Financial Planning Focus - Making the Most Out of the Military’s New Blended Retirement System
The “Blended Retirement System” (BRS) is a new retirement program that impacts those who serve our country in the armed forces. It started on 1 January 2018 and modifies the retirement system that military members have known for decades. The BRS will shift more of the preparation for retirement onto service members, which introduces some risks. However, it also provides opportunities for those who take the time to create a strategy and follow it with discipline.
Those who join the military after 1 January 2018 are automatically enrolled into the new system. Those presently serving with less than 12 years of service may choose to remain in the defined benefit system or "opt in" to the new system. Those with more than 12 years of service remain under the legacy retirement system.
The BRS modifies the military’s defined benefit system into a reduced annuity, combined with a 401(k) style thrift savings plan. The government will match individual contributions dollar for dollar – 1% for each 1% the service member deposits, up to 5% of pay. So if a service member deposits 5% of her pay, she ends up with a 10% overall deposit, an immediate return of 100%, all tax free.
The Thrift Savings Plan (TSP) offers an array of high quality index mutual funds with ultra-low management costs. Service members have immediate ownership of their contributed funds, and are vested in the government portion after two years. For most of our service members, this is a savings plan you can take with you if you depart service before retirement at 20 years.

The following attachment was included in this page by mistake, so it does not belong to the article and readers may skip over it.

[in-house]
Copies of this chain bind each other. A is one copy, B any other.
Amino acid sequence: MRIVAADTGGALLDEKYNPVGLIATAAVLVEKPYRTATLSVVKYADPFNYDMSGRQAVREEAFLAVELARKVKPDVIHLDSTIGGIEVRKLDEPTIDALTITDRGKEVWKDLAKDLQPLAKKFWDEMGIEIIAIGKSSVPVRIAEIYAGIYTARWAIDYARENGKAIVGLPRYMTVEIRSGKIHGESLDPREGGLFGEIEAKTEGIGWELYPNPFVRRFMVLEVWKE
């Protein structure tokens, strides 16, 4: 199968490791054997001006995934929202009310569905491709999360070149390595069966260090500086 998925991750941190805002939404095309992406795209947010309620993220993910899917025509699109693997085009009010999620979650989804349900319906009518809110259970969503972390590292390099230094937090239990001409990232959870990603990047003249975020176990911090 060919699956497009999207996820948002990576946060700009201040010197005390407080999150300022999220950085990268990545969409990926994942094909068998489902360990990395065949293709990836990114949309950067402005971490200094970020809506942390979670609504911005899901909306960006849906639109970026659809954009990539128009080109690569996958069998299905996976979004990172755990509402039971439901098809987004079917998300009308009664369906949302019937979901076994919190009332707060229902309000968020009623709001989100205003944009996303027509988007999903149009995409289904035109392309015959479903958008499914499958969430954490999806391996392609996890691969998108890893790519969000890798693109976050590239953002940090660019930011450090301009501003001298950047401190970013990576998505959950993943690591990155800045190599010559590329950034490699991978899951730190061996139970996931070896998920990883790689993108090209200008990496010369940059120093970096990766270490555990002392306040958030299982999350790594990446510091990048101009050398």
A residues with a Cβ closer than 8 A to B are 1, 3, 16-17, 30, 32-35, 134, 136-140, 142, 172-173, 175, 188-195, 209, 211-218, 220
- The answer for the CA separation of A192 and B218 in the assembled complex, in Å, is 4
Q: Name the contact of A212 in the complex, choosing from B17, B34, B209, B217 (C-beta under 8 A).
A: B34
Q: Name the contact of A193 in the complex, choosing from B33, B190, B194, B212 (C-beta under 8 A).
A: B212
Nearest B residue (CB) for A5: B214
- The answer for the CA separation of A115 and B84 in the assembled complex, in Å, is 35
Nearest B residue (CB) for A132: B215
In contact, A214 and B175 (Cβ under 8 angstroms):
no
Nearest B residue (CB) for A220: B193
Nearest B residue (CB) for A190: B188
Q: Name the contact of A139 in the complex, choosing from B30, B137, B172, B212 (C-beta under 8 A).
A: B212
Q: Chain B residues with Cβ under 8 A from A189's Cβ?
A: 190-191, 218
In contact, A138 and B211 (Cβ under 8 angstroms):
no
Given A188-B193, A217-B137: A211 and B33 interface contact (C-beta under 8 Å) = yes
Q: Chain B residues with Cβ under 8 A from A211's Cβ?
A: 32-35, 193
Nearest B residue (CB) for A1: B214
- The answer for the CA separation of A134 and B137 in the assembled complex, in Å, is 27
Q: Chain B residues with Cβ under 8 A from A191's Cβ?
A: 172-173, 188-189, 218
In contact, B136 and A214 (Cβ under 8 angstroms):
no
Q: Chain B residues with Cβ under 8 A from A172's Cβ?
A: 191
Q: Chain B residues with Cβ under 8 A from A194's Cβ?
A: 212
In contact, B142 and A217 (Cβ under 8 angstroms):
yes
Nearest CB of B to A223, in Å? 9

The second portion of the BRS is the retirement annuity, which builds at a rate of 2% of basic pay for each year of service. The catch is, you have to serve twenty years to earn this annuity. But, if you make it a career, you can look forward to a transition at about age 40 with an immediate annuity of 40% of basic pay.
If you are new to the military, how should you think about this change? We’d suggest three steps.
First, make the decision now to defer the full 5% of your basic pay so you can earn that immediate 100% pre-tax return, risk free. To do anything less is to “leave money on the table.”
Second, consider investing your TSP contributions into stock based funds. The C, S and I funds invest in U.S. large, U.S. small and international stocks, respectively. Military pay is very stable and predictable – you can build your savings steadily over time. The other half of the BRS – the retirement annuity – is an asset with a predictable value and payments. It is as if the government is building a bond fund on your behalf that will pay dividends at the twenty year mark. That means you end up with a “blend” of “bonds” – your annuity – and stocks in your TSP account. Stocks tend to appreciate faster over time, so this strategy may yield you a more valuable portfolio when you transition.